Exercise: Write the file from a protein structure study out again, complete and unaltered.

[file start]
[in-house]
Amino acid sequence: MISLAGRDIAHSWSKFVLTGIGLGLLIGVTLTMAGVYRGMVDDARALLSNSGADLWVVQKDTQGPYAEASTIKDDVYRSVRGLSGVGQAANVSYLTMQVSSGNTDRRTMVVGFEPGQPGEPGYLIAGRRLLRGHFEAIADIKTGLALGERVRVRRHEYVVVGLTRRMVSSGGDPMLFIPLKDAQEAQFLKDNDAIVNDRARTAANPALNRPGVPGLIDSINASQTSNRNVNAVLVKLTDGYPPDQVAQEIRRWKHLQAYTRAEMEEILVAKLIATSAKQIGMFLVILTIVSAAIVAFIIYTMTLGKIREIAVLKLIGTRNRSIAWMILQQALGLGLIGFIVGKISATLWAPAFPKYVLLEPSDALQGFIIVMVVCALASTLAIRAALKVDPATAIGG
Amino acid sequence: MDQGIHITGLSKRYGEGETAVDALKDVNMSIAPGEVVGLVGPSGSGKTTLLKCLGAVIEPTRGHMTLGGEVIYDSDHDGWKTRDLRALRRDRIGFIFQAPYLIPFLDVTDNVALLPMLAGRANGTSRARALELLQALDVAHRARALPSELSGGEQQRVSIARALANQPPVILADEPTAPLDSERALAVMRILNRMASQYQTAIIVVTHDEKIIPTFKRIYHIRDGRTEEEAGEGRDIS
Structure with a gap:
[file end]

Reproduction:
[in-house]
Amino acid sequence: MISLAGRDIAHSWSKFVLTGIGLGLLIGVTLTMAGVYRGMVDDARALLSNSGADLWVVQKDTQGPYAEASTIKDDVYRSVRGLSGVGQAANVSYLTMQVSSGNTDRRTMVVGFEPGQPGEPGYLIAGRRLLRGHFEAIADIKTGLALGERVRVRRHEYVVVGLTRRMVSSGGDPMLFIPLKDAQEAQFLKDNDAIVNDRARTAANPALNRPGVPGLIDSINASQTSNRNVNAVLVKLTDGYPPDQVAQEIRRWKHLQAYTRAEMEEILVAKLIATSAKQIGMFLVILTIVSAAIVAFIIYTMTLGKIREIAVLKLIGTRNRSIAWMILQQALGLGLIGFIVGKISATLWAPAFPKYVLLEPSDALQGFIIVMVVCALASTLAIRAALKVDPATAIGG
Amino acid sequence: MDQGIHITGLSKRYGEGETAVDALKDVNMSIAPGEVVGLVGPSGSGKTTLLKCLGAVIEPTRGHMTLGGEVIYDSDHDGWKTRDLRALRRDRIGFIFQAPYLIPFLDVTDNVALLPMLAGRANGTSRARALELLQALDVAHRARALPSELSGGEQQRVSIARALANQPPVILADEPTAPLDSERALAVMRILNRMASQYQTAIIVVTHDEKIIPTFKRIYHIRDGRTEEEAGEGRDIS
Structure with a gap: